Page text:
ThirdMan wrote: ↑
October 8th, 2019, 5:23 am
The best thing that has happened to me in gaming terms over the past 3 or 4 years has been shaking off all my preconceptions of what a game must offer to be a 'real game'. I find that type of language very reductive. It's also quite self-serving as I suspect many of those same people would consider videogames as works of art. They (rightly) want the definition of art to be extended to include their favourite interactive, goal-oriented games, yet don't seem willing to similarly extend the concept of 'game' to include those other
types of experiences - those indie creations that are to videogames what videogames are to traditional art. People seem forever destined to plant their little flag in what they think is the 'real thing'.
I'll admit to being deeply conflicted when it comes to this sort of thing.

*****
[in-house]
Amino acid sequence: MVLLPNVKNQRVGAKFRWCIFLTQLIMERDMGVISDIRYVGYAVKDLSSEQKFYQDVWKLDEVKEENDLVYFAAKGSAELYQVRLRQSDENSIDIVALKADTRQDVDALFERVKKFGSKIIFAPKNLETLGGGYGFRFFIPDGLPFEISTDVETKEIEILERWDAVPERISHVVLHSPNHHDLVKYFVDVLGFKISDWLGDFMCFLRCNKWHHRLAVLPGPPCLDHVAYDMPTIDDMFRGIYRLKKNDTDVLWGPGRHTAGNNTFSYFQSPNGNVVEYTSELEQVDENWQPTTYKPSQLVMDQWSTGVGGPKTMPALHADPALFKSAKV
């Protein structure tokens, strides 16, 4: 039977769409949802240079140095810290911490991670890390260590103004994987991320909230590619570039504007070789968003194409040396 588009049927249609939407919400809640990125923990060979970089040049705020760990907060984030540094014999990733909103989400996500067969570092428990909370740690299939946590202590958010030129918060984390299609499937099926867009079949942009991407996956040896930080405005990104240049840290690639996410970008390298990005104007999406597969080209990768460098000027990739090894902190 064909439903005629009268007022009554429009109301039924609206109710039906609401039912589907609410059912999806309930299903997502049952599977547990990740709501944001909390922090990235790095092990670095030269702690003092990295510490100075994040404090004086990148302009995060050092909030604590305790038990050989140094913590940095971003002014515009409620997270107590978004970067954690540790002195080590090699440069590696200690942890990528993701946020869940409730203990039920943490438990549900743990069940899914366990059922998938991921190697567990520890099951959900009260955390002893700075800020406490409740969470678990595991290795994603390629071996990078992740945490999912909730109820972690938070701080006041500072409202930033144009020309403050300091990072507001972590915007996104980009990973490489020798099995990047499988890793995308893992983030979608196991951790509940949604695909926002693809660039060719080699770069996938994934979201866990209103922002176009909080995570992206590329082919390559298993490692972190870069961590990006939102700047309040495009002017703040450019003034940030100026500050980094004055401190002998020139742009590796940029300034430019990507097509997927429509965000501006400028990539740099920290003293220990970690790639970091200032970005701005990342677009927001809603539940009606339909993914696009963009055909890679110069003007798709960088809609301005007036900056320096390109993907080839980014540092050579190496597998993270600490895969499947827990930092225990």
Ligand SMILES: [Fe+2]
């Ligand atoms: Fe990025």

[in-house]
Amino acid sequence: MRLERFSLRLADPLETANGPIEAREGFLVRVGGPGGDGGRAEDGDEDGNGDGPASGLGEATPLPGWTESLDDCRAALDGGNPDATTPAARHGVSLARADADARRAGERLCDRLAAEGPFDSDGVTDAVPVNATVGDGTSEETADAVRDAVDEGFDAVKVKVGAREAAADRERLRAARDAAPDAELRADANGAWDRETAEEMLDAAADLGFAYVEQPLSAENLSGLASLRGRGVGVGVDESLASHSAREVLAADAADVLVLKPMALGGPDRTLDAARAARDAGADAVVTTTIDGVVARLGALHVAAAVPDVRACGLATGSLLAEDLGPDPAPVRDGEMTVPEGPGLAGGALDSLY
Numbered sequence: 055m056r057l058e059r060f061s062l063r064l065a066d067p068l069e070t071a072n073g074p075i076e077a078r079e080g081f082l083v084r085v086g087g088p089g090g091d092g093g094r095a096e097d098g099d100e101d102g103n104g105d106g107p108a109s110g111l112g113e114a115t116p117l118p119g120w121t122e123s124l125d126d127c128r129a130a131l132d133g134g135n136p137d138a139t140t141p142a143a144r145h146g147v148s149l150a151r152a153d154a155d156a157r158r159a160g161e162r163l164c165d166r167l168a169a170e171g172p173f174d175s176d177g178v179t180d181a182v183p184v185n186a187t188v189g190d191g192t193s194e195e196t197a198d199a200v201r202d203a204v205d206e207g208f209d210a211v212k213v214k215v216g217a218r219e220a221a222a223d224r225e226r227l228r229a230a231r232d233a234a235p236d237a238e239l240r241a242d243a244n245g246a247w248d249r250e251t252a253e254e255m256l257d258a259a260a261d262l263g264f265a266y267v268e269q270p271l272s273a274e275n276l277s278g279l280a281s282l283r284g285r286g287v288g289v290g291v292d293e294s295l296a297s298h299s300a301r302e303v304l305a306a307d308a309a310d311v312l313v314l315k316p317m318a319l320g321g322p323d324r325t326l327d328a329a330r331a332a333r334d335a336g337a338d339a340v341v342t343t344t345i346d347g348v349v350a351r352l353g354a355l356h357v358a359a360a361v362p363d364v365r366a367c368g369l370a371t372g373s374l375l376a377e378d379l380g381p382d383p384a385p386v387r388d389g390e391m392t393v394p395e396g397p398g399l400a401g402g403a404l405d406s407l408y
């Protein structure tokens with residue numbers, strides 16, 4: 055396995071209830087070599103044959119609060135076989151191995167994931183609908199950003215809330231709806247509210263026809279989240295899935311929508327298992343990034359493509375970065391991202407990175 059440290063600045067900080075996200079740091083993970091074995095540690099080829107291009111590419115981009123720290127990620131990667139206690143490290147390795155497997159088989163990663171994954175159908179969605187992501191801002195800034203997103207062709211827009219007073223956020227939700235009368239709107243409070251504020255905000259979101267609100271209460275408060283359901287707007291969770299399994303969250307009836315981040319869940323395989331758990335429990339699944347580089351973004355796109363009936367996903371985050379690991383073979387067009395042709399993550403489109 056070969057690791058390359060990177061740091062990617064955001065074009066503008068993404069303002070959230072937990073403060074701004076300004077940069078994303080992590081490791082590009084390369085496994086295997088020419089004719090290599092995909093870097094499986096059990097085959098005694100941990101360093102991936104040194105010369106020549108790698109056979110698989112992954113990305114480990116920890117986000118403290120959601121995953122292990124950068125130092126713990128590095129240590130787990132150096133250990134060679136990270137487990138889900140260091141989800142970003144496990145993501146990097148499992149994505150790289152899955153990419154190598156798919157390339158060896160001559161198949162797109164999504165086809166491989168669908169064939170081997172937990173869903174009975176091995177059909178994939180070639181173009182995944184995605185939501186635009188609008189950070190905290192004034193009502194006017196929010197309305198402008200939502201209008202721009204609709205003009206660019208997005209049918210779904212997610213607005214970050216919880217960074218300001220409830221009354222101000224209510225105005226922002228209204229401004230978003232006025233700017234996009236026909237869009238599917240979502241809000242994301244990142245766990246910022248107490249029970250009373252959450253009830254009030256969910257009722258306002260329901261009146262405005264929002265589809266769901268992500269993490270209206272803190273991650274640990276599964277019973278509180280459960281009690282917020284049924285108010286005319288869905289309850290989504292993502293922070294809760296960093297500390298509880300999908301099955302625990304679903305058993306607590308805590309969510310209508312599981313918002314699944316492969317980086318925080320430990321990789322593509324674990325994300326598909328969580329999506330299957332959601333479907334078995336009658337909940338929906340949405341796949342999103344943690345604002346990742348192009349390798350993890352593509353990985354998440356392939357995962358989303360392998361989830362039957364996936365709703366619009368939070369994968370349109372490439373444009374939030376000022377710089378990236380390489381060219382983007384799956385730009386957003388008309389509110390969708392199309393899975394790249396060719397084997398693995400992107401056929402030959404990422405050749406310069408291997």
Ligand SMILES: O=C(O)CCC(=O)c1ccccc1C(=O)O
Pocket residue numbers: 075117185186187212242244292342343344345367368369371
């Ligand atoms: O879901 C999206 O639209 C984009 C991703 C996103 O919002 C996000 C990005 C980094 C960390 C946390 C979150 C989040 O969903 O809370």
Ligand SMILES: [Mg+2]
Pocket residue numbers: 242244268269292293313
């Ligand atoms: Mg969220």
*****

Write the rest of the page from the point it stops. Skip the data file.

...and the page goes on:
On one hand, I love the creative diversity that video games provide. I love the broad varieties of experiences they can offer and I love just how creatively liberated they can be in comparison to more traditionally codified mediums like cinema and literature. Games can be long or short, goal-oriented or experience-oriented, cheap indies or massively expensive AAA, verbose or mute, complex or streamlined, narrative-based or mechanics-based, arcade or simulation, hand-crafted or procedurally generated, and much more and everything in-between. This lack of preemptive delineation of what a game can be goes well beyond the traditional concept of "genres". A game can be whatever its creators want it to be, in theory at least, and I think that's an inherent strength of this medium and something that should be celebrated. I like to step outside of my area of expertise every one in a while and experiment with different genres and design philosophies. I like to read the thoughts and opinions of people with completely different tastes and preferences from myself. I love the sense of discovering something which I didn't initially think would be my thing and yet it turns out to be exactly that.